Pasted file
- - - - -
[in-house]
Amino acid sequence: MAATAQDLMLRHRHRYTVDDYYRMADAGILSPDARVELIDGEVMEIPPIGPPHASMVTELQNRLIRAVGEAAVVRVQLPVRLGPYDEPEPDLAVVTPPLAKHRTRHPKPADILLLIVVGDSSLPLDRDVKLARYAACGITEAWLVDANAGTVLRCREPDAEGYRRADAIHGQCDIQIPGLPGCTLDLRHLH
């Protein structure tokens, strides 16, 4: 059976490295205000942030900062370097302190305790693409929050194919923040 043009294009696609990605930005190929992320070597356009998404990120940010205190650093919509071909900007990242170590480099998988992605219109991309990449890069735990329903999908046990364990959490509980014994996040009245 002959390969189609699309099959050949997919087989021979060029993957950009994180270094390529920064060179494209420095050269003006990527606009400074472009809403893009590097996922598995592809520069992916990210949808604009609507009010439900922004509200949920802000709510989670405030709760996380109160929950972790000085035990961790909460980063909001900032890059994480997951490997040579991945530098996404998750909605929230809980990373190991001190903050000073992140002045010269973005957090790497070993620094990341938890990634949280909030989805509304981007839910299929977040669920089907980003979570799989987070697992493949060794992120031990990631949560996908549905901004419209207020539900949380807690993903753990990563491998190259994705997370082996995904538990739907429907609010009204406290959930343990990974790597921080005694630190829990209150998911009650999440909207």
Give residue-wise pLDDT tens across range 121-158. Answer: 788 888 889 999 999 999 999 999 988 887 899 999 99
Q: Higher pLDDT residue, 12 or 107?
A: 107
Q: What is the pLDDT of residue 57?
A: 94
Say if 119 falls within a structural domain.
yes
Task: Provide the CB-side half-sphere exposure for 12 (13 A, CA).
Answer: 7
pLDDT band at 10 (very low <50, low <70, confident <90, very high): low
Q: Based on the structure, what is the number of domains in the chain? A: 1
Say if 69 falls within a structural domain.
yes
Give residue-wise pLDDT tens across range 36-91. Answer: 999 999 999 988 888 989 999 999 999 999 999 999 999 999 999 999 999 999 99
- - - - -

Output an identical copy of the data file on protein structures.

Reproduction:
[in-house]
Amino acid sequence: MAATAQDLMLRHRHRYTVDDYYRMADAGILSPDARVELIDGEVMEIPPIGPPHASMVTELQNRLIRAVGEAAVVRVQLPVRLGPYDEPEPDLAVVTPPLAKHRTRHPKPADILLLIVVGDSSLPLDRDVKLARYAACGITEAWLVDANAGTVLRCREPDAEGYRRADAIHGQCDIQIPGLPGCTLDLRHLH
């Protein structure tokens, strides 16, 4: 059976490295205000942030900062370097302190305790693409929050194919923040 043009294009696609990605930005190929992320070597356009998404990120940010205190650093919509071909900007990242170590480099998988992605219109991309990449890069735990329903999908046990364990959490509980014994996040009245 002959390969189609699309099959050949997919087989021979060029993957950009994180270094390529920064060179494209420095050269003006990527606009400074472009809403893009590097996922598995592809520069992916990210949808604009609507009010439900922004509200949920802000709510989670405030709760996380109160929950972790000085035990961790909460980063909001900032890059994480997951490997040579991945530098996404998750909605929230809980990373190991001190903050000073992140002045010269973005957090790497070993620094990341938890990634949280909030989805509304981007839910299929977040669920089907980003979570799989987070697992493949060794992120031990990631949560996908549905901004419209207020539900949380807690993903753990990563491998190259994705997370082996995904538990739907429907609010009204406290959930343990990974790597921080005694630190829990209150998911009650999440909207």
Give residue-wise pLDDT tens across range 121-158. Answer: 788 888 889 999 999 999 999 999 988 887 899 999 99
Q: Higher pLDDT residue, 12 or 107?
A: 107
Q: What is the pLDDT of residue 57?
A: 94
Say if 119 falls within a structural domain.
yes
Task: Provide the CB-side half-sphere exposure for 12 (13 A, CA).
Answer: 7
pLDDT band at 10 (very low <50, low <70, confident <90, very high): low
Q: Based on the structure, what is the number of domains in the chain? A: 1
Say if 69 falls within a structural domain.
yes
Give residue-wise pLDDT tens across range 36-91. Answer: 999 999 999 988 888 989 999 999 999 999 999 999 999 999 999 999 999 999 99